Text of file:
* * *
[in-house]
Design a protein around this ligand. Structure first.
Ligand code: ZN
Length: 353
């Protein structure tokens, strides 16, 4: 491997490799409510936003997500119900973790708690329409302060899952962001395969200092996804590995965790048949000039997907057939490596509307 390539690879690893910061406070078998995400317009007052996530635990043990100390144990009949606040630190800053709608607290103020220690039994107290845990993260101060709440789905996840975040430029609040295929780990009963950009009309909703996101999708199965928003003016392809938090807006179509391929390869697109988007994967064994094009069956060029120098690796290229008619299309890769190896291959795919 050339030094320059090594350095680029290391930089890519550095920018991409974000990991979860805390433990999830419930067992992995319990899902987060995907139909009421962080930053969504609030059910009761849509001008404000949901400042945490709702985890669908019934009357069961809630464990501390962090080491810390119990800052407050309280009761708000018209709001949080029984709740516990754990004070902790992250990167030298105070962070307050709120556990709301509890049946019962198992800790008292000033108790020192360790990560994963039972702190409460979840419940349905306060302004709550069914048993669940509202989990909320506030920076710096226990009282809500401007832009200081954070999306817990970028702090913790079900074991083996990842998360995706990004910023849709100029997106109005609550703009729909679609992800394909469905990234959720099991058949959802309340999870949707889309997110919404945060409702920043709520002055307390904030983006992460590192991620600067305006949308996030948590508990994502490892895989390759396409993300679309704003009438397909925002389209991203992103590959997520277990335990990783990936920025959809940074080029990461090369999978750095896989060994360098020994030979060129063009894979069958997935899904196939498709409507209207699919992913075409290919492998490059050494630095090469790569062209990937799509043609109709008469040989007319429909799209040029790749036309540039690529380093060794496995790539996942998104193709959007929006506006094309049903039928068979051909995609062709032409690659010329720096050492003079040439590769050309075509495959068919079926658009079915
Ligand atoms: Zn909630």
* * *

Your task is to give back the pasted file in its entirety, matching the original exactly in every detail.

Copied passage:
[in-house]
Design a protein around this ligand. Structure first.
Ligand code: ZN
Length: 353
């Protein structure tokens, strides 16, 4: 491997490799409510936003997500119900973790708690329409302060899952962001395969200092996804590995965790048949000039997907057939490596509307 390539690879690893910061406070078998995400317009007052996530635990043990100390144990009949606040630190800053709608607290103020220690039994107290845990993260101060709440789905996840975040430029609040295929780990009963950009009309909703996101999708199965928003003016392809938090807006179509391929390869697109988007994967064994094009069956060029120098690796290229008619299309890769190896291959795919 050339030094320059090594350095680029290391930089890519550095920018991409974000990991979860805390433990999830419930067992992995319990899902987060995907139909009421962080930053969504609030059910009761849509001008404000949901400042945490709702985890669908019934009357069961809630464990501390962090080491810390119990800052407050309280009761708000018209709001949080029984709740516990754990004070902790992250990167030298105070962070307050709120556990709301509890049946019962198992800790008292000033108790020192360790990560994963039972702190409460979840419940349905306060302004709550069914048993669940509202989990909320506030920076710096226990009282809500401007832009200081954070999306817990970028702090913790079900074991083996990842998360995706990004910023849709100029997106109005609550703009729909679609992800394909469905990234959720099991058949959802309340999870949707889309997110919404945060409702920043709520002055307390904030983006992460590192991620600067305006949308996030948590508990994502490892895989390759396409993300679309704003009438397909925002389209991203992103590959997520277990335990990783990936920025959809940074080029990461090369999978750095896989060994360098020994030979060129063009894979069958997935899904196939498709409507209207699919992913075409290919492998490059050494630095090469790569062209990937799509043609109709008469040989007319429909799209040029790749036309540039690529380093060794496995790539996942998104193709959007929006506006094309049903039928068979051909995609062709032409690659010329720096050492003079040439590769050309075509495959068919079926658009079915
Ligand atoms: Zn909630």